Driving is often an issue for people with back problems, and part of that is just the nature of the beast. Being fixed in one position for long periods of time without a break is not great at the best of times, then add onto that poor design and position of the pedals that may be forcing you to sit awkwardly, the load of constantly working the pedals (less so if you have an automatic) and steering wheel. And probably worst of all if you have any disk involvement is the constant vibration of the car on the road (which has been shown to destabilise inter vertebral disks).
The first and most simple thing you can do is to take breaks from driving. If you have been driving for longer than an hour, it is time to take a break. Walk around for at least 5-10 minutes before you start again. Plan ahead and account for these breaks in your journey and straight away your back will be better off.
Next thing to look at is your driving position and seat adjustment.
1- Adjusting the base of the seat backwards and forwards; Position the seat so that you can easily push the the pedals in the car all the way down with a nearly straight leg and without having to reach and move your bottom from its place in the back of the seat. So if the seat is too far backwards you will need to reach, if it is too close your leg will be more bent than it needs to be when depressing the pedals.
2- Adjusting the back rest of the seat; The ideal position for the back rest of the seat is at about a 110 degree angle. So not too upright, but also not too reclined back either. This position should feel comfortable (or as comfortable as it is going to get) in the lower back, the upper back and neck. If your seat has a second adjustment knob on the back (see in red on image below), use it to adjust the lumbar support to feel comfortable and supportive of the lower back.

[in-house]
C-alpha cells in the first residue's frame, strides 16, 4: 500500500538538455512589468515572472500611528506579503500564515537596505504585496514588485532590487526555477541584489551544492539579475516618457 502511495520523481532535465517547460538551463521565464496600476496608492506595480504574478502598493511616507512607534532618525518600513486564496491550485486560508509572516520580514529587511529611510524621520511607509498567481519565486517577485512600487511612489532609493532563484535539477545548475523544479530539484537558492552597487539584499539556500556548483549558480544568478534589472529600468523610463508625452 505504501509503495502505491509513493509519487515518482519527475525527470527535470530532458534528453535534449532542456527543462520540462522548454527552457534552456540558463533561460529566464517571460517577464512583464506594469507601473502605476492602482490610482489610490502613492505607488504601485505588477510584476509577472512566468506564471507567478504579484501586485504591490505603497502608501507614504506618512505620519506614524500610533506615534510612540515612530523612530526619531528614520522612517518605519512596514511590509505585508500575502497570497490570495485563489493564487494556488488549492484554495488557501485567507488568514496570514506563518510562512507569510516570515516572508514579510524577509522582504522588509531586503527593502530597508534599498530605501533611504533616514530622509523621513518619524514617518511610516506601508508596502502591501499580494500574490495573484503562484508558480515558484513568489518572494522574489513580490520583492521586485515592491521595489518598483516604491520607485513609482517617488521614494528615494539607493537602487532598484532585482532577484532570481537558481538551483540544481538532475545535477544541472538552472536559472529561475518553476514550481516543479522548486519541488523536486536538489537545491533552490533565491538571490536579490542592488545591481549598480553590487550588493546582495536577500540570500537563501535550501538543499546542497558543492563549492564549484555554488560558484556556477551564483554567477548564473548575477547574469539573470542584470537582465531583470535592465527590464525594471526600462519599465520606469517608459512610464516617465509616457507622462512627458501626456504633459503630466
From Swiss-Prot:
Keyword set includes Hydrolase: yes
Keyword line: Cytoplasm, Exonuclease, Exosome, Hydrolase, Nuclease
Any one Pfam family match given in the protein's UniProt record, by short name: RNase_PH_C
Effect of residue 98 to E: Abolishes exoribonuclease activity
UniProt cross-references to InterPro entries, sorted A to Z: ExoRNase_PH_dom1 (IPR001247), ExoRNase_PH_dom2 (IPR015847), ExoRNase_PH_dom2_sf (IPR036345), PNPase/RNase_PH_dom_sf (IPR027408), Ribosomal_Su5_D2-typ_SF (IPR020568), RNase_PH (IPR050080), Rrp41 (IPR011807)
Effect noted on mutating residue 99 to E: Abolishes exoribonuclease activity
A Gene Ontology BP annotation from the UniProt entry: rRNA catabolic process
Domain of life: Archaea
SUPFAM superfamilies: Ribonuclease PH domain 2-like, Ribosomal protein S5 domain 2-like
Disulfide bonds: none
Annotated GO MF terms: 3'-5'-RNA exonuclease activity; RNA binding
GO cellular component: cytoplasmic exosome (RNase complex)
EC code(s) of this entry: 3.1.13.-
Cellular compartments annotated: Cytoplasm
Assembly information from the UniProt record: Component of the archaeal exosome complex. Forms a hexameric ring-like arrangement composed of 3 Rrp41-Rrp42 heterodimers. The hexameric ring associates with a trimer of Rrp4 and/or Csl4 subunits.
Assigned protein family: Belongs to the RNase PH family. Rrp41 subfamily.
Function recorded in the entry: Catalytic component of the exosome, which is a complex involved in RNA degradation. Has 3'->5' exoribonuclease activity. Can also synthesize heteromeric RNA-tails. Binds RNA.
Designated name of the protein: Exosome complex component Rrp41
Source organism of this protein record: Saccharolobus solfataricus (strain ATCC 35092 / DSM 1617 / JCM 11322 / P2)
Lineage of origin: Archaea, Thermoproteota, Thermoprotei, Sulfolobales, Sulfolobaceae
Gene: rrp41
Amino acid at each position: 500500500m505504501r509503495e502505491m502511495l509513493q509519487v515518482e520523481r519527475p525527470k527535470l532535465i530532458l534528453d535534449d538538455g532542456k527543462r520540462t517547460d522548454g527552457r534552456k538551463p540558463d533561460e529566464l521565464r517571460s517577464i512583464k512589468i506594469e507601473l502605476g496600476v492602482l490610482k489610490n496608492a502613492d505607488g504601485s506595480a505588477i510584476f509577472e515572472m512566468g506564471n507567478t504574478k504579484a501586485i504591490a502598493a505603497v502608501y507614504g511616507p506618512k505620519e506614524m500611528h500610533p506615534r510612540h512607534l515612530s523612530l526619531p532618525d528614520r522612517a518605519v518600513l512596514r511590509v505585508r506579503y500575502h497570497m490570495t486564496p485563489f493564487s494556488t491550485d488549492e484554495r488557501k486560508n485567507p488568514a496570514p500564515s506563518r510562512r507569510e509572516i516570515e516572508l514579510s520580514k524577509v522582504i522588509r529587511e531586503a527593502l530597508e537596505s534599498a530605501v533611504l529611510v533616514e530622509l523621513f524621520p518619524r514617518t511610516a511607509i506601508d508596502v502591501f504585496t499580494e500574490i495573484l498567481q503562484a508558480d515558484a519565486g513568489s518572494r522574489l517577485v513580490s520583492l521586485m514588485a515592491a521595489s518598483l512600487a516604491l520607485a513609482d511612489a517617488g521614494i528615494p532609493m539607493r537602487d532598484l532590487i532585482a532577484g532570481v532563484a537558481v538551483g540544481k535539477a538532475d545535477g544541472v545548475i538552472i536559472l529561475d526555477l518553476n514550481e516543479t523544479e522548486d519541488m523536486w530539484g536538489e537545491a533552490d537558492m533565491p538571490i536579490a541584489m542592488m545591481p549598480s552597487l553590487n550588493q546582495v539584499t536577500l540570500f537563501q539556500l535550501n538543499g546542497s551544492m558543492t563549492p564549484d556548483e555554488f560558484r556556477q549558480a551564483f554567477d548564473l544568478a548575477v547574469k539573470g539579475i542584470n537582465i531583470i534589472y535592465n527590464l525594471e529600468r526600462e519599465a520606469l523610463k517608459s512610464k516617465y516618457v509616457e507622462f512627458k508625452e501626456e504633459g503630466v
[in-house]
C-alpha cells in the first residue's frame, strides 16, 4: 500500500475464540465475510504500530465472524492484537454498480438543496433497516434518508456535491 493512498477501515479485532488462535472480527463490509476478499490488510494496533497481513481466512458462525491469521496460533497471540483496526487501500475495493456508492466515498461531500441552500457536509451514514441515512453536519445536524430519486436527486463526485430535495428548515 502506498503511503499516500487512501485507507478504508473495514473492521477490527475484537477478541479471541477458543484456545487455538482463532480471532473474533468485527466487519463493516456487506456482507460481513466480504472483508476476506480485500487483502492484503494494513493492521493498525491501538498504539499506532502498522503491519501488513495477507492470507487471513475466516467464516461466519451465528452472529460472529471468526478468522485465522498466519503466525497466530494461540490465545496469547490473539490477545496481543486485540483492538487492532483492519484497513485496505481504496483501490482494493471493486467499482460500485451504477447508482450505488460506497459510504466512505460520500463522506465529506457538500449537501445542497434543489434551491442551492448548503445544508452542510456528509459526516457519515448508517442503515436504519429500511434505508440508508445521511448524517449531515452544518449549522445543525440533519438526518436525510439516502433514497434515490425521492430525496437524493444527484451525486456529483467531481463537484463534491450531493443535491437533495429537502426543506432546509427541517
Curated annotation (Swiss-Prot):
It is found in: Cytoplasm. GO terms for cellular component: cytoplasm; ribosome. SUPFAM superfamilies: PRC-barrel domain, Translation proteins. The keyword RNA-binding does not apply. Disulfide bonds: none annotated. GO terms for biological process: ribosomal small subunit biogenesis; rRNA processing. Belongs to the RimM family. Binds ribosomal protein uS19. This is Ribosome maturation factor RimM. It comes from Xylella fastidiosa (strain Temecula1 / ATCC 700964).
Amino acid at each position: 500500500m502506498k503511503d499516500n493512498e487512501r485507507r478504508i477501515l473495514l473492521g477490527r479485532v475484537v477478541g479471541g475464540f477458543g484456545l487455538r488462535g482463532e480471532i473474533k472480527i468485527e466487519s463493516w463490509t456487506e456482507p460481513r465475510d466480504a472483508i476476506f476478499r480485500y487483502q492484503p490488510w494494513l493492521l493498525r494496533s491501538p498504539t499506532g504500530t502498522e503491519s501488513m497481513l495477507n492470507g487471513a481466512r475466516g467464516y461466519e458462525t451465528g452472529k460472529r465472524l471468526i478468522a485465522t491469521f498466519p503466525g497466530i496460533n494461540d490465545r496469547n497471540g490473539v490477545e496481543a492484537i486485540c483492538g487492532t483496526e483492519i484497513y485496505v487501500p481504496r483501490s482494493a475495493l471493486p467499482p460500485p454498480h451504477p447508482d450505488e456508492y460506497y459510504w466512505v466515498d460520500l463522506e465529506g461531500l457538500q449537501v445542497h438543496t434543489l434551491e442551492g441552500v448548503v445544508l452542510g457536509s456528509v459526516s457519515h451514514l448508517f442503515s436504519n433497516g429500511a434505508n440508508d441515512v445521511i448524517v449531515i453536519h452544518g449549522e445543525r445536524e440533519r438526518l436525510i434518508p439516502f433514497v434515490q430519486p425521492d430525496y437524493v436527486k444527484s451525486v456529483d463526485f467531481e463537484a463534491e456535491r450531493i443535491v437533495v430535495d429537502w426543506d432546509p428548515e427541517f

If your car seat does not have a lumbar adjustment, then you may want to consider getting yourself a ‘Back Friend’– this is a seat insert that is readily available online and will help support your pelvis and lower back while seated. It is also very useful if you find it uncomfortable sitting on sofas or other chairs, but be aware that it does not fit very well on some car seats, especially if the seat is very firm and ergonomically designed (in which case hopefully you wont need it anyway because you will be able to adjust the seat accordingly). I do have one in clinic for patients to try and see if it suits them, so do let me know if you want to borrow it next time you are in.
3- Height of the seat; If your car seat allows you to adjust the height of the seat, set it so that you have a good relation to the steering wheel. You want to be able to hold the lower half of the steering wheel with your arms at about chest height.
4- Head rest position; Position the headrest on the back of the seat so that the top of the head rest is roughly in line with your eyes, and tipped forwards (but not touching your head). Like that in case of an accident the headrest will support your head and help minimise the effects of a whiplash injury.
5- Finally, sit with your bottom right to the back of the seat, and relax back into the seat (don’t ride the wheel).
I hope that you find these suggestions useful, but ultimately driving is going to be one of the last things to become comfortable again if you have a back problem, so avoid it as much as possible (particularly during the acute phases). Drive an automatic car if that is an option and you have a long term back problem. Keep yourself fit and walk wherever possible (or if that is not possible, park so that you get a bit of a walk in and out of wherever you are going). An osteopath will look at getting things moving so that there is as little strain as possible throughout the body, but that is no replacement for doing the right thing and taking good care of your back 🙂